The last of the famous international playboys
 
N754PR
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Very Sad..

Wed Apr 19, 2000 4:55 pm

As a spotter that has visited the Philippines on many different trips I feel very sorry to hear this news. I have been on the Ramp at Manila and taken most of their fleet. Nice photos of the 737-200's and YS-11's

Very, Very Sad.

Daryl
Bush, your a sad, sad man.
 
Panman
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RE: Plane Crash In The Philippines

Wed Apr 19, 2000 4:57 pm

I just love you guys. Why not quote the whole thing before you start blaming the rudder. The plane was CIRCLING to LAND. If it was an A320 and not a 737 would you guys be so quick to jump to a conclusion about the rudder?

PANMAN
 
MEA-707
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RE: Plane Crash In The Philippines

Wed Apr 19, 2000 6:28 pm

Panman is right.... at least wait for the accident investigations. Only few accidents are caused by too old aircraft or technical/design problems... Till now, this seems more a typical approach accident. Smaller third world country-airports don't have good ILS-facilities, many accidents do happen because the airliner is off course and crashes into ground or high terrain. But let's wait for more news first.
nobody has ever died from hard work, but why take the risk?
 
Guest

RE: Plane Crash In The Philippines

Wed Apr 19, 2000 8:14 pm

Because the crash involved a 737, of course someone will think of the rudder. If it was an A320, the computer FBW system would be the main cause of concern.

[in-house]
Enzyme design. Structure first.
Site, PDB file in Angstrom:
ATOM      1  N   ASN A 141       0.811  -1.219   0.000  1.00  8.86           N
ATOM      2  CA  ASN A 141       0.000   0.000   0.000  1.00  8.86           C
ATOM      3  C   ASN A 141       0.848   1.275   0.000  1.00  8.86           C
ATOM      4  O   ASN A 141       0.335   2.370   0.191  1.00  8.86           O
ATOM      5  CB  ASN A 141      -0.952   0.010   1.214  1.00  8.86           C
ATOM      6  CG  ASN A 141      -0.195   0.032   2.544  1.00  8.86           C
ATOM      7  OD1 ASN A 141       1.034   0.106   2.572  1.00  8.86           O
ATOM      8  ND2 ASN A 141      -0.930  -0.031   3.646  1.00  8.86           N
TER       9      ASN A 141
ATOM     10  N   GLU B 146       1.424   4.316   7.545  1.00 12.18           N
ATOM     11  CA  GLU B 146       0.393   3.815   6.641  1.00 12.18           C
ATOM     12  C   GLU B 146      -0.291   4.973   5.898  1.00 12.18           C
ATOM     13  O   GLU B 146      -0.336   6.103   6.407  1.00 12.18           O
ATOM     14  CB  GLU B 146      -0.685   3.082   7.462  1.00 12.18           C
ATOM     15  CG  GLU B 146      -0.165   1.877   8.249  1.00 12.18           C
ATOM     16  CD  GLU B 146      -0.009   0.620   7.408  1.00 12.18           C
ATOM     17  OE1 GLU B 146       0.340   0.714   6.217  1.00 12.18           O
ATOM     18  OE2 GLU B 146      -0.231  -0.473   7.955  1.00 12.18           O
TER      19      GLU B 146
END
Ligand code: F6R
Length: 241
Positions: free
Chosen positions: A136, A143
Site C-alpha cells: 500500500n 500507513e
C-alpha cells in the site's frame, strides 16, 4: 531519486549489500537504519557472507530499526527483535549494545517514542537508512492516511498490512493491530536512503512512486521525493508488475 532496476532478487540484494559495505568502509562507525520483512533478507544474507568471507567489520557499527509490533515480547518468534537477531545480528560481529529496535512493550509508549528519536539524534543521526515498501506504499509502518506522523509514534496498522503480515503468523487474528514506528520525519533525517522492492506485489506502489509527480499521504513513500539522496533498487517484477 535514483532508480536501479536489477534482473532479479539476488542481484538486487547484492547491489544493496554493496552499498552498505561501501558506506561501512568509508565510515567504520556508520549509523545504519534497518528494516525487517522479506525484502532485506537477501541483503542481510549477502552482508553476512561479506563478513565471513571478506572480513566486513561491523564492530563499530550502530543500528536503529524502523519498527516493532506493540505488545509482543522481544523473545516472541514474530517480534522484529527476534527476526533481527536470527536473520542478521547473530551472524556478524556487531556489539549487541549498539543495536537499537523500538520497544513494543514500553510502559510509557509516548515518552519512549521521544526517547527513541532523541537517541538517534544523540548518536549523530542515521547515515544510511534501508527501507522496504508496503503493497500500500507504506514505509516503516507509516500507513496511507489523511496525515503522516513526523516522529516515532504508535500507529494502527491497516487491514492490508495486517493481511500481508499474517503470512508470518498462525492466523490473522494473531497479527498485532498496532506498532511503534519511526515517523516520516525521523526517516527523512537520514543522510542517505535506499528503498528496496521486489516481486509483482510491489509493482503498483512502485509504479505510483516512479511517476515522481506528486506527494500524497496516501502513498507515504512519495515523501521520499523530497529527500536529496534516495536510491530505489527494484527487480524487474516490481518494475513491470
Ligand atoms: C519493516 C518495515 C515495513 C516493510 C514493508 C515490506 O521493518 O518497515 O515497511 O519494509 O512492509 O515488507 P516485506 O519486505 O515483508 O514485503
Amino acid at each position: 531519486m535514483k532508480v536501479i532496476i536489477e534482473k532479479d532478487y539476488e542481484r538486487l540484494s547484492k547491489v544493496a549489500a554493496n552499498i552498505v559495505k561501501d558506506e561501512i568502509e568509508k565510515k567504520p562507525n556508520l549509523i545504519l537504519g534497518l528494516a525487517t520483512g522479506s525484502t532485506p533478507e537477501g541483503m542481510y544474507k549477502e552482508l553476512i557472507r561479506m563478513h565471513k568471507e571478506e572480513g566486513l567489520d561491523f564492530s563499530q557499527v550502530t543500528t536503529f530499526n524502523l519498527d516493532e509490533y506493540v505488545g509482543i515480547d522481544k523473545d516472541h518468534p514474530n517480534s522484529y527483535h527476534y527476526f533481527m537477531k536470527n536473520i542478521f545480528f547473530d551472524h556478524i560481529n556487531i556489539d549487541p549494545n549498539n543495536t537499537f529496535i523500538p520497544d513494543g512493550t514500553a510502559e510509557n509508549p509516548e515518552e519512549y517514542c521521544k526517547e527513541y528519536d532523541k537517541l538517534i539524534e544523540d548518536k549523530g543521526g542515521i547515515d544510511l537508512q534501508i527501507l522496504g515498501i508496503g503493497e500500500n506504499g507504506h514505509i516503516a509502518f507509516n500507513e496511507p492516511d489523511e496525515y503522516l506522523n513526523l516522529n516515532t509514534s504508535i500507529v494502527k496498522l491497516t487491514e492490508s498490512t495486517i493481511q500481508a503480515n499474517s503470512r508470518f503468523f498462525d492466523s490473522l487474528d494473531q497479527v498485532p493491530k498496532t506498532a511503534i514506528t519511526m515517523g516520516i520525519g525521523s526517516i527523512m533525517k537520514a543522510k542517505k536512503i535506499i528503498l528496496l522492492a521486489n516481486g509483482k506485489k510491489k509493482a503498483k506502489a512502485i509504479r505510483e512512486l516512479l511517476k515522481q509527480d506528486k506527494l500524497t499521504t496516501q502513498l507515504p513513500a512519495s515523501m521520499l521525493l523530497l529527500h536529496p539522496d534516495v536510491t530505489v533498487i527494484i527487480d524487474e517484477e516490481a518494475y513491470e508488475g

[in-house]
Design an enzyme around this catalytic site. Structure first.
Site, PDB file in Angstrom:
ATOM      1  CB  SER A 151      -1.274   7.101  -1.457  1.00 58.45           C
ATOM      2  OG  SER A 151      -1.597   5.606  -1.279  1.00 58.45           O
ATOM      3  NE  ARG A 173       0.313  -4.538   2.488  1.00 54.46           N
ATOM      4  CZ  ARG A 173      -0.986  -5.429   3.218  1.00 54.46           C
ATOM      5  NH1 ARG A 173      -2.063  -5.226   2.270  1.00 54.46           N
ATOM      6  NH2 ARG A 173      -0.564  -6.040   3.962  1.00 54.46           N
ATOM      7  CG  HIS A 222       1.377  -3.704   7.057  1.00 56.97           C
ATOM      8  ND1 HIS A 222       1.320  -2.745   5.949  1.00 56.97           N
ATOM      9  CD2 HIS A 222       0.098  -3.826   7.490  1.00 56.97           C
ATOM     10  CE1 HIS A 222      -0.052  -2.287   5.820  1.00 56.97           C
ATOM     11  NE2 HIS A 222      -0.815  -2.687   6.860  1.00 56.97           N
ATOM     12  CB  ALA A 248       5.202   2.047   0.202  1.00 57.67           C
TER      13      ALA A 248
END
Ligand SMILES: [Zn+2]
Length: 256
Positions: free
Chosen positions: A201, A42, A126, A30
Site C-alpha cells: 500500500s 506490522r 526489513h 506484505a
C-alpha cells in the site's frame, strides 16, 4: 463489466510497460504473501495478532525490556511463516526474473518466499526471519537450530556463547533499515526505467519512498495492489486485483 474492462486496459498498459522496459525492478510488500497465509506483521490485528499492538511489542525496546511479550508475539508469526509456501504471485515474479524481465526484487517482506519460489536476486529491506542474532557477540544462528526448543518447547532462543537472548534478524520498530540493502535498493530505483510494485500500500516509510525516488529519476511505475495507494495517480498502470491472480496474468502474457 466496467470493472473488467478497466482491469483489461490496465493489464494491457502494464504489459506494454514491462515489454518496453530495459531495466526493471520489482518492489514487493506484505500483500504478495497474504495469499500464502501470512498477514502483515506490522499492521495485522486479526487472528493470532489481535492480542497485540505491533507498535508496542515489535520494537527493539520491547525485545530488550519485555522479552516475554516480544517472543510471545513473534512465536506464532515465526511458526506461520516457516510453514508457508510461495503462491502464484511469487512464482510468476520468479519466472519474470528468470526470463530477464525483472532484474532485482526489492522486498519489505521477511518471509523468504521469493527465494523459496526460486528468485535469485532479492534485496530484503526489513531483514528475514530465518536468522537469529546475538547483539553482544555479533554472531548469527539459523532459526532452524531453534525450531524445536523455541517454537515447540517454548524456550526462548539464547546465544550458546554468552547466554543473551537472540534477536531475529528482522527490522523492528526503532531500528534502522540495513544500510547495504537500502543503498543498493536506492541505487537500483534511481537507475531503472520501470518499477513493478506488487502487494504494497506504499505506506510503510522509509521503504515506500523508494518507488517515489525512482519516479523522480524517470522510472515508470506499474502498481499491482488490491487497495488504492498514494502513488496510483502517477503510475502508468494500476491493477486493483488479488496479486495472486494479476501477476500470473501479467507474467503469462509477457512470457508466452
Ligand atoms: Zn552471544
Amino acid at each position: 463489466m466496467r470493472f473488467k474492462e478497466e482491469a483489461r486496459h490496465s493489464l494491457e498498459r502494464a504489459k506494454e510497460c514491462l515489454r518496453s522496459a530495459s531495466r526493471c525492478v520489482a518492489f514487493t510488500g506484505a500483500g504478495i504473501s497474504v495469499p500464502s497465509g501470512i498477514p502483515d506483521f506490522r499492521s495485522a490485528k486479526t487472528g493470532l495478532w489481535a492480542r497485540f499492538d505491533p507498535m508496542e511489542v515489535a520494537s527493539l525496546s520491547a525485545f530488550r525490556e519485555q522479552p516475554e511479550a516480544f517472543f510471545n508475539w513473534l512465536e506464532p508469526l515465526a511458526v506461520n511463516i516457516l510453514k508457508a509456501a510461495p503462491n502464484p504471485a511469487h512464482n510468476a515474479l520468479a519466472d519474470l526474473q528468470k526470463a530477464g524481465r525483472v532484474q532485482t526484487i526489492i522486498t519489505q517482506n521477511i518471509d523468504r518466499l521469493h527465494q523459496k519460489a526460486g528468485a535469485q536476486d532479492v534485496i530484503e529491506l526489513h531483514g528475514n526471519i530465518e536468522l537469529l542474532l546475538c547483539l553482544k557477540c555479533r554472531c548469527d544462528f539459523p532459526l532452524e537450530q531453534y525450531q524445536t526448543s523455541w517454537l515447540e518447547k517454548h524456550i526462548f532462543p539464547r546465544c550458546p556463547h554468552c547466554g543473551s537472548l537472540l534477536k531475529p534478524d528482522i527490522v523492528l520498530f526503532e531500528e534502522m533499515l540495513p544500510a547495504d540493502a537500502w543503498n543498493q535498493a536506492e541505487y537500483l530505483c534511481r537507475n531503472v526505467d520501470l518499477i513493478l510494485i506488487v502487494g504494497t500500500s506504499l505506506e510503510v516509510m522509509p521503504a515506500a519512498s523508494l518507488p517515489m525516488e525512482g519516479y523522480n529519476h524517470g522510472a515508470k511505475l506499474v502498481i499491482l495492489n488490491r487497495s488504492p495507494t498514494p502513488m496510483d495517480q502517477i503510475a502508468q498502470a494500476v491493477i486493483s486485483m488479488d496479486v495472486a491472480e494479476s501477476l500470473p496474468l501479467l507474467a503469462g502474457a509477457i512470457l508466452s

Panman
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RE: Plane Crash In The Philippines

Wed Apr 19, 2000 8:46 pm

Just saw this on PPRUNE, written by The Guvnor:

"The aircraft that went down was a 1978 B737-200 Advanced, registration RP-C3010; s/n 21447 and line number 508. The aircraft was powered by the Pratt & Whitney JT8D-9A engines.

It was originally operated by US-based Southwest Airlines when it was registered as N50SW, It was purchased in November 1998 by AAR Aircraft & Engine Group and stored. Air Philippines leased it from March 1999 to December 2001."

panman
 
Guest

RE: Plane Crash In The Philippines

Wed Apr 19, 2000 9:05 pm

Heard on the news last night that a passenger on the plane called a relative and told them that there was an explosion on the plane before the plane crashed. Wonder if faulty wiring on the plane was the cause (TWA 800)?
 
N754PR
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Did Not See This One.

Wed Apr 19, 2000 9:24 pm

This is one of the latest aircraft they received and it was the second newest in the 737 fleet.

I however did not see this aircraft as it entered the fleet after my last visit.

Daryl
Bush, your a sad, sad man.
 
virgin744
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RE: Plane Crash In The Philippines

Wed Apr 19, 2000 9:25 pm